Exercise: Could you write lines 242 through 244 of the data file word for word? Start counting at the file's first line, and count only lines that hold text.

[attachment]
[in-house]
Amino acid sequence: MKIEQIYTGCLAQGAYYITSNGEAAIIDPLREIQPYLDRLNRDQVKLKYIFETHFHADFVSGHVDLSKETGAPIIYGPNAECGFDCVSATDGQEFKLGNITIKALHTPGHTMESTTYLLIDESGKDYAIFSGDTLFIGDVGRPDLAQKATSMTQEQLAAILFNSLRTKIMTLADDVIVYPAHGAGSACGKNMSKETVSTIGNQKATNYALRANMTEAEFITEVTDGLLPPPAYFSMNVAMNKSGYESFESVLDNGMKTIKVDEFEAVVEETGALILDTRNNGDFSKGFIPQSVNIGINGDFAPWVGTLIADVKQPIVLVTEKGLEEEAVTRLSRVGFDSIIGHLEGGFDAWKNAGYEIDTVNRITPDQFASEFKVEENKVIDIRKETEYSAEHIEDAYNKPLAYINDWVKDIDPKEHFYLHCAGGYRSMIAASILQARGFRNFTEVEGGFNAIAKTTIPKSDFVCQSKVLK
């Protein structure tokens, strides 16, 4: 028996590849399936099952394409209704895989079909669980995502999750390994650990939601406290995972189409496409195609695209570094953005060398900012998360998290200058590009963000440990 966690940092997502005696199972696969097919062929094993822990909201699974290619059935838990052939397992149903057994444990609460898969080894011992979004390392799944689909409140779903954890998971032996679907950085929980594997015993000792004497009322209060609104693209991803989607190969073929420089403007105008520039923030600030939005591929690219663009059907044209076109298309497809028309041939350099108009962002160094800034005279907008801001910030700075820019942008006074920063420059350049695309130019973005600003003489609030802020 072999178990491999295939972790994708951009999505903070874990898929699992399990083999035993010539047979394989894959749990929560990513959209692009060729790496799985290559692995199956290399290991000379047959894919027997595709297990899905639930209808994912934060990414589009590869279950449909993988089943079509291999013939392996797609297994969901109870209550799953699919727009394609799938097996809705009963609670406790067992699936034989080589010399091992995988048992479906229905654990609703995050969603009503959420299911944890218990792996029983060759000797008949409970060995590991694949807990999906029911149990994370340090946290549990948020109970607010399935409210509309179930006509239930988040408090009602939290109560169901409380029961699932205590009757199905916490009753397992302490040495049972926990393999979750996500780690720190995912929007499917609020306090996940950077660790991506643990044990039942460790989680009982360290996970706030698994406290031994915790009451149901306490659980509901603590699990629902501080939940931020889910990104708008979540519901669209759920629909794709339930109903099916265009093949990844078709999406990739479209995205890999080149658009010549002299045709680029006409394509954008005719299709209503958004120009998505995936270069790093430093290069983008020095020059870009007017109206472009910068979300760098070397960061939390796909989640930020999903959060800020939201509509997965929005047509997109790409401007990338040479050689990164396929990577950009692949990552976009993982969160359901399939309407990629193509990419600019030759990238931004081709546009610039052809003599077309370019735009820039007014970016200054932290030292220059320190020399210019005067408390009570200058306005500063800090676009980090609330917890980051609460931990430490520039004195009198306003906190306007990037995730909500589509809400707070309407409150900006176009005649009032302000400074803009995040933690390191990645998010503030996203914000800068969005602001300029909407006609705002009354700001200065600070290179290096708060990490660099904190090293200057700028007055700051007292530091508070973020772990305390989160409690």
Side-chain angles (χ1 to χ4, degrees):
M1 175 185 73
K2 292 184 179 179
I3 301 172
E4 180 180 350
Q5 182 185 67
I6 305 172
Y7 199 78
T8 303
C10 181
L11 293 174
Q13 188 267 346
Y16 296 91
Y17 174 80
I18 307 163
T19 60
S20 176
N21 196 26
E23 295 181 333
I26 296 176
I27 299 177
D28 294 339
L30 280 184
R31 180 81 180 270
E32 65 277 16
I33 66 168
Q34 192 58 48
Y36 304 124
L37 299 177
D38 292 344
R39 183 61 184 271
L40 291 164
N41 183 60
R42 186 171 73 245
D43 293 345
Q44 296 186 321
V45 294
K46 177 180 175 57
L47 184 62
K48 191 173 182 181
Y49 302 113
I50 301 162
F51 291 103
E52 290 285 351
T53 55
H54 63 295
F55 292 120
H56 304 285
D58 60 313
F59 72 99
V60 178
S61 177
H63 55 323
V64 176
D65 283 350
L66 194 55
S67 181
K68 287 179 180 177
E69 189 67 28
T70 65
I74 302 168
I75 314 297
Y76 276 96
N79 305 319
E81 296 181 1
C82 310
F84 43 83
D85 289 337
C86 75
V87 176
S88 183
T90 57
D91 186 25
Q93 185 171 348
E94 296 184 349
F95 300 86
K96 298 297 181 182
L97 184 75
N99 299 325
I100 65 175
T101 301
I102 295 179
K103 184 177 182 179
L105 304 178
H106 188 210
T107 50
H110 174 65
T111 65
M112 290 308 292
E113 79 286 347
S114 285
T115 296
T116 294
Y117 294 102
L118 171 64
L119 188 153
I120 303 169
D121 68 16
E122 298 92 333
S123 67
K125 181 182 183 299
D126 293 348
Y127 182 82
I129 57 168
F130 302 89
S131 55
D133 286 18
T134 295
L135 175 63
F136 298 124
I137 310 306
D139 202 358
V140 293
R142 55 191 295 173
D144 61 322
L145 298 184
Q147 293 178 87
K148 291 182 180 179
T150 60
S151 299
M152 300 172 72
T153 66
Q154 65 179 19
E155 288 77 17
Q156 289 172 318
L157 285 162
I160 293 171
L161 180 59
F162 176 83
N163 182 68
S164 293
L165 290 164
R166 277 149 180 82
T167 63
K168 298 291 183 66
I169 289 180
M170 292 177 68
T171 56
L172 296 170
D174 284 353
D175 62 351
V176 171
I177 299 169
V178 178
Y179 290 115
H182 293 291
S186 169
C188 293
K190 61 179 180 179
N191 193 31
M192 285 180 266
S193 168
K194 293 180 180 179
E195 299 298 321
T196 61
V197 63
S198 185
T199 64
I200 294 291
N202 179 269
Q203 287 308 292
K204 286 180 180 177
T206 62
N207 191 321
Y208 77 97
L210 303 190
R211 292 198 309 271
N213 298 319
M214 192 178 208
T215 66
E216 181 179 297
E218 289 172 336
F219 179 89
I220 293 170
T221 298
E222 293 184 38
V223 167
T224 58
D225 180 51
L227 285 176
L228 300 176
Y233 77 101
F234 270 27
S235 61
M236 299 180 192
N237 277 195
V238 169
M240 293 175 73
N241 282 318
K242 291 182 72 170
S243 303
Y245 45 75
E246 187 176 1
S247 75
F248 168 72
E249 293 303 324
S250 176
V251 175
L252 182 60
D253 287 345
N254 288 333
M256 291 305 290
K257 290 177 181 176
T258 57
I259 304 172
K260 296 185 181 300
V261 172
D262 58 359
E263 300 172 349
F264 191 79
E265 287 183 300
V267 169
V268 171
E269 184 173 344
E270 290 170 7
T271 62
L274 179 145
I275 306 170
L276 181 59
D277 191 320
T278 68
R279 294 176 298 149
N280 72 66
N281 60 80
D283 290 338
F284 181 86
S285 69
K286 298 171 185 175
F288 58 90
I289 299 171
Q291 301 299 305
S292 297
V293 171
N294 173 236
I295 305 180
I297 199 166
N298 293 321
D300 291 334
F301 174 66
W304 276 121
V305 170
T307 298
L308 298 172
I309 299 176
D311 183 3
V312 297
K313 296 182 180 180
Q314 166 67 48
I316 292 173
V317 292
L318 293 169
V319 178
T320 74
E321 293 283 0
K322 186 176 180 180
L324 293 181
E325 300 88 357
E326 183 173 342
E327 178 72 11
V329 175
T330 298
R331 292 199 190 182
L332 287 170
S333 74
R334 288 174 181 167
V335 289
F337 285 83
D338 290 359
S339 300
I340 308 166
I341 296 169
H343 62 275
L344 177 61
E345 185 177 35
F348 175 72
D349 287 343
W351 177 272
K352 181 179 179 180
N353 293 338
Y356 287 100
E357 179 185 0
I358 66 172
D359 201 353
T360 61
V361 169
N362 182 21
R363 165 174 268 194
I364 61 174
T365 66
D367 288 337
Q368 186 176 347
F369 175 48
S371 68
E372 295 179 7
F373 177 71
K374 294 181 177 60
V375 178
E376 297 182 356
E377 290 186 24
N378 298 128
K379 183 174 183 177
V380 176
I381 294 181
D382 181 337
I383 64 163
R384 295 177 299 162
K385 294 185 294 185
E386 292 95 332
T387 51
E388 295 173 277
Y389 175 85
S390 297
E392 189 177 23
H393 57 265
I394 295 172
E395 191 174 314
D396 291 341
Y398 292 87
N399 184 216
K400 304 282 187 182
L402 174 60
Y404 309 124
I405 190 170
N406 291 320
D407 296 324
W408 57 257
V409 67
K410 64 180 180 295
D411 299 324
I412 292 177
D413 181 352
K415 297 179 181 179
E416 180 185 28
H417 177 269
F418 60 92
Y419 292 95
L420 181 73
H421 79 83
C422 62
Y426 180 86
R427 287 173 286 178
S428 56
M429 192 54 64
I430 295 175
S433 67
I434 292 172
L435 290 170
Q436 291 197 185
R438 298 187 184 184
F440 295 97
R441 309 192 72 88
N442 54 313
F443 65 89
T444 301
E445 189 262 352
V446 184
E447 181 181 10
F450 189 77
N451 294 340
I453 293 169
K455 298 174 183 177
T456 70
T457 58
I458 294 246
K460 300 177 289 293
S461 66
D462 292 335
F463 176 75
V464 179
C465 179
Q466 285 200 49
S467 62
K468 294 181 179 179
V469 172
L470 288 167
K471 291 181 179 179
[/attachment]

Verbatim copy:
F301 174 66
W304 276 121
V305 170